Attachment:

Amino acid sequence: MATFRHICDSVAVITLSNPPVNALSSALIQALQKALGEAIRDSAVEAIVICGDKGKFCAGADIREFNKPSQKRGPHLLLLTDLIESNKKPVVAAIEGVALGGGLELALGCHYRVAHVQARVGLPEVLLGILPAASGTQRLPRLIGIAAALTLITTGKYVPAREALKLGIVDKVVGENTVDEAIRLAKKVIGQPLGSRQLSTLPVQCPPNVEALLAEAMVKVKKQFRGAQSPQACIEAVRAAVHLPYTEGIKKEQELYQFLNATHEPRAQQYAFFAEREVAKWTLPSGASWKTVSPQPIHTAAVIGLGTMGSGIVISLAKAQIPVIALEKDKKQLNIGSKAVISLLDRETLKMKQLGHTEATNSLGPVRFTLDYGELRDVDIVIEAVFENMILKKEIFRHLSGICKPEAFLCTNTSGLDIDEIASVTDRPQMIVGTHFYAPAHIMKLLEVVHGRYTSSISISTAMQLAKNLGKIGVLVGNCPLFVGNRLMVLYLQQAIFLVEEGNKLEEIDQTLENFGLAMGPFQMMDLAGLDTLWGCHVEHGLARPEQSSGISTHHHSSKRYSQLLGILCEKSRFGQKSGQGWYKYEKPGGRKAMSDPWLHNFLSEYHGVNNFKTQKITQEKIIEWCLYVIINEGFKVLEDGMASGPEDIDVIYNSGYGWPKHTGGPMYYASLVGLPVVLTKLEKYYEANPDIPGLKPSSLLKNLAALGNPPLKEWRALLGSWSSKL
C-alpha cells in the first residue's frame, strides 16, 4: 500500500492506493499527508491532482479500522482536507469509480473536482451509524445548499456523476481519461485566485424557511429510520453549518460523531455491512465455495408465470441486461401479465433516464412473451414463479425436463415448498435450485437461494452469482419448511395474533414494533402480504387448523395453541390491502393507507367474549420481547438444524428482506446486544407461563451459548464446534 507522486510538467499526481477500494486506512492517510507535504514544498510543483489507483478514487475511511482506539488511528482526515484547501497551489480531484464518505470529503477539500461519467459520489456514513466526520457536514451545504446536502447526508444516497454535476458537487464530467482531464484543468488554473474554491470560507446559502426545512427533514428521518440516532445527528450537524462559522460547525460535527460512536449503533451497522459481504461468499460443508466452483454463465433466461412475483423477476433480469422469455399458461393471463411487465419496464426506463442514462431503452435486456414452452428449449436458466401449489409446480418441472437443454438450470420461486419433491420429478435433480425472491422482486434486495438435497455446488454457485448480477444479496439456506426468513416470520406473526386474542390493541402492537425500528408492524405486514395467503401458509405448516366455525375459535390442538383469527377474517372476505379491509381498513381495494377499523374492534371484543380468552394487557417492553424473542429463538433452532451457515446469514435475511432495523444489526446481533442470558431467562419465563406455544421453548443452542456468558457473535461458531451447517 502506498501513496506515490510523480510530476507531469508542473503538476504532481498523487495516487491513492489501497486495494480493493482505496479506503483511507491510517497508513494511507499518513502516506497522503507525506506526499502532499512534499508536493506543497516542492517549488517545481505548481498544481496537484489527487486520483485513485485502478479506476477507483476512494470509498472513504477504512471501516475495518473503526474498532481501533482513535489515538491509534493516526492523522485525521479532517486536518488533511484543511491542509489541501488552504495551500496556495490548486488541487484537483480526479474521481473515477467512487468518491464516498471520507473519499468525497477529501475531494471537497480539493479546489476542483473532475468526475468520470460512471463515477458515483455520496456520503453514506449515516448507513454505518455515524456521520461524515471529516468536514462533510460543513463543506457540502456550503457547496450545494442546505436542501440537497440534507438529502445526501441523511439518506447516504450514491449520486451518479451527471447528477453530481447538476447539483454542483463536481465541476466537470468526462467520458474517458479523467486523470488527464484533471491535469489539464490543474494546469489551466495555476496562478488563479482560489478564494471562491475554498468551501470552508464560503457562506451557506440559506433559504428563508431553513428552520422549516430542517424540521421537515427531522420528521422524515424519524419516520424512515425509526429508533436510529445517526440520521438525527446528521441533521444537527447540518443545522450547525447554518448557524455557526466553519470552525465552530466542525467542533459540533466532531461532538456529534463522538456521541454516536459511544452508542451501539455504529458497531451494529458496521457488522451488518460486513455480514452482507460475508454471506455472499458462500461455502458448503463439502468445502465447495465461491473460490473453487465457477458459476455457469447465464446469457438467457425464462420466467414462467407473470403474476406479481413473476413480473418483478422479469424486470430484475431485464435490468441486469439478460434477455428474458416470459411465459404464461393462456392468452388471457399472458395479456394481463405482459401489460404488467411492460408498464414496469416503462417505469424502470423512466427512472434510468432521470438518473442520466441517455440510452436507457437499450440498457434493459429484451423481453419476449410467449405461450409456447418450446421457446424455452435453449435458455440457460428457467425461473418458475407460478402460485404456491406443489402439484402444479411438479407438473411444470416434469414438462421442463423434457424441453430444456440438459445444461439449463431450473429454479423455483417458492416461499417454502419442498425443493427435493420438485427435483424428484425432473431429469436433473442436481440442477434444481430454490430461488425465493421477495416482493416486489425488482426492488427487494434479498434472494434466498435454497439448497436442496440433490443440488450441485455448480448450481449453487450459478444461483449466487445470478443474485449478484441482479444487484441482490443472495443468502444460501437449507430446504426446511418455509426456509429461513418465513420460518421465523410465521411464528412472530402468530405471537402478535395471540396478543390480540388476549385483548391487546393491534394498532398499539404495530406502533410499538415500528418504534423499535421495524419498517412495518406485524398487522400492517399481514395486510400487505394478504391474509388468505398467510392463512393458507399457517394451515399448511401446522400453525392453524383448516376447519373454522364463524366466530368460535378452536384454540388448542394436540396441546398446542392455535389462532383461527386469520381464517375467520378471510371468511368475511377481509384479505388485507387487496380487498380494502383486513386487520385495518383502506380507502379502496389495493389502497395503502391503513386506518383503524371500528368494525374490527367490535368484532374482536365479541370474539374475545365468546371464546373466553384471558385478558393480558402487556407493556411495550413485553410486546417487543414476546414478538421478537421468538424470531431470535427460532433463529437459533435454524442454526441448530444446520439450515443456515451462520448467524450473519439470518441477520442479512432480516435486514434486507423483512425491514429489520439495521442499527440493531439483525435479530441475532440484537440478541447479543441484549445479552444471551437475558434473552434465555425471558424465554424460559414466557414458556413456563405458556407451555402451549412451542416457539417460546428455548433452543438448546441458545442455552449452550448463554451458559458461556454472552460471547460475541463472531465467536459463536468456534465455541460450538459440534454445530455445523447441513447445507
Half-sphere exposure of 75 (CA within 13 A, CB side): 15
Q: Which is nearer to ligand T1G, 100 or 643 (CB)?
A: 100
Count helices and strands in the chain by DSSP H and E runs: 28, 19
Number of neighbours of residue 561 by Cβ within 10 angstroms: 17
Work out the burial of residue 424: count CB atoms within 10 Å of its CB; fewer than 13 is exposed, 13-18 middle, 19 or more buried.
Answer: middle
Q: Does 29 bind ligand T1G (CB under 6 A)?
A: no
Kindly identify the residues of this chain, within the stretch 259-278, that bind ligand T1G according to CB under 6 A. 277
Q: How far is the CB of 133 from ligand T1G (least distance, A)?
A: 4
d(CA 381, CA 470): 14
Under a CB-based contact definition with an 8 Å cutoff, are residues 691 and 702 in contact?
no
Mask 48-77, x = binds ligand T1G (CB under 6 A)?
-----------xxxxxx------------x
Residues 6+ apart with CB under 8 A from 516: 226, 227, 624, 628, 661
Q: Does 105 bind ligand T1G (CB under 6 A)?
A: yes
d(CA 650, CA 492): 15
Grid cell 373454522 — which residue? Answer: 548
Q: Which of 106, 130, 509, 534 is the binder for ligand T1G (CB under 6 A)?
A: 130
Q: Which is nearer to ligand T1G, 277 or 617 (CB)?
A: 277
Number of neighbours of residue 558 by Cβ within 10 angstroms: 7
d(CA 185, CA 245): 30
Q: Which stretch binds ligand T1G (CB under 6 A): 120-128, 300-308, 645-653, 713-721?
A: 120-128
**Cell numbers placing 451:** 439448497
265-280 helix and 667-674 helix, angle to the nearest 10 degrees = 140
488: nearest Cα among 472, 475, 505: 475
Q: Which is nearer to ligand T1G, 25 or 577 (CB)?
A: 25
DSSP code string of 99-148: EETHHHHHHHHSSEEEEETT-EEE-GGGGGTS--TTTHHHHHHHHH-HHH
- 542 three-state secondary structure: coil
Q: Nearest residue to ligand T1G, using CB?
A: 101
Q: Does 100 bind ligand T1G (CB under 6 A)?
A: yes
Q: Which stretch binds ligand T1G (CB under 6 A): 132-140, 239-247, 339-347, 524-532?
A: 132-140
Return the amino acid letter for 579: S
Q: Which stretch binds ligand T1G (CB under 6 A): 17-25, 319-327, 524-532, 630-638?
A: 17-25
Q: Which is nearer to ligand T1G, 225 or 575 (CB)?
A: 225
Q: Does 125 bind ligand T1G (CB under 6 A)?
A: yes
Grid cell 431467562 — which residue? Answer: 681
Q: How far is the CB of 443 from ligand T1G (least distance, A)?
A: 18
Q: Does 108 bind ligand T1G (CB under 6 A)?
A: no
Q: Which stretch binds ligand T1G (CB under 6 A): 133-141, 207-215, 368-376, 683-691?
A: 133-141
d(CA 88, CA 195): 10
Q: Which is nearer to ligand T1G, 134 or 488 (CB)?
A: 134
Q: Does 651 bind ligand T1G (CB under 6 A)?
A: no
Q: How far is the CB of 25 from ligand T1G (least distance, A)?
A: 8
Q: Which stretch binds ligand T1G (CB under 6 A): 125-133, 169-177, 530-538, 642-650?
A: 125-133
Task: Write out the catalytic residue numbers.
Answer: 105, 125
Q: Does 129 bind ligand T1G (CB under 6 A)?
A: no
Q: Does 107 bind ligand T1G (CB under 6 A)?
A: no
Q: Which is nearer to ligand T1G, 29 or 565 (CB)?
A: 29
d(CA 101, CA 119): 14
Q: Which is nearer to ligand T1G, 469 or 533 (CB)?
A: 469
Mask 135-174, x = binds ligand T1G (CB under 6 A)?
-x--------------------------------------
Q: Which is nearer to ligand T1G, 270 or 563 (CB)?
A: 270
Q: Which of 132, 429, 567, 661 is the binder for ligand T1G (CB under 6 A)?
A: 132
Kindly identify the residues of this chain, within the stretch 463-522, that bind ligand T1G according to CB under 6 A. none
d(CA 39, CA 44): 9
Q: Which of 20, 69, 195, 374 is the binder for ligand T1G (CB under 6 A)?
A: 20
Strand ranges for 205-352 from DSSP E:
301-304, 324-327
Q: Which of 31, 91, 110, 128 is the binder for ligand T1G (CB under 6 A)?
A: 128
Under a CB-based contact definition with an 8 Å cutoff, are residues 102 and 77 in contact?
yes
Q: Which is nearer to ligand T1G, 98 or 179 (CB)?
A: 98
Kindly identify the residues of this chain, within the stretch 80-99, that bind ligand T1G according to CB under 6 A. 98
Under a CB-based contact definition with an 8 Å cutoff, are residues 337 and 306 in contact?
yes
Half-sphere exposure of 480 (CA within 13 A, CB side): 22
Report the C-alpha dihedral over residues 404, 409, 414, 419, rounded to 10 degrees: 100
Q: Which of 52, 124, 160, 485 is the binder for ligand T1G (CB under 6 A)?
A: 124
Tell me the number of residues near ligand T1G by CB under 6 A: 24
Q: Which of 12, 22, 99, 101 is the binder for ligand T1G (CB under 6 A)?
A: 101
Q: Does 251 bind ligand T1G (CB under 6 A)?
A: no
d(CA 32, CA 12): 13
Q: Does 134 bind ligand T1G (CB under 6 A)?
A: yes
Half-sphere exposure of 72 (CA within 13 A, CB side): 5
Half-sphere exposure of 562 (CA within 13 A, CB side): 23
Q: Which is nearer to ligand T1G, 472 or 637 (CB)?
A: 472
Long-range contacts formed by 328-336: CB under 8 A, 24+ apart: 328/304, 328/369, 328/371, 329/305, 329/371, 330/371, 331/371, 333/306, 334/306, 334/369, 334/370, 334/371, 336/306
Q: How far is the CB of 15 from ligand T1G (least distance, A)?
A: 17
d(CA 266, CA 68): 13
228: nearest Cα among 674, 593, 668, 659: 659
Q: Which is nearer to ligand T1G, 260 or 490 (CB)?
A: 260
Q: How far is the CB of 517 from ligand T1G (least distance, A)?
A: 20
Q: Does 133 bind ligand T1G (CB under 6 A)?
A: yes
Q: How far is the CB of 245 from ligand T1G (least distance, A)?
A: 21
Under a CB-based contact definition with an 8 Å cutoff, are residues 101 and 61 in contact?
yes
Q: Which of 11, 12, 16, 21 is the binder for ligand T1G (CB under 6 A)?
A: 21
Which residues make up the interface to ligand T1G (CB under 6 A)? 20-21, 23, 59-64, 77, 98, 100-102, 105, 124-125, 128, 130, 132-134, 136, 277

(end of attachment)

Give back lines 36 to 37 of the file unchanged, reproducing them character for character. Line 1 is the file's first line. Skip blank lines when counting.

Q: Which is nearer to ligand T1G, 25 or 577 (CB)?
A: 25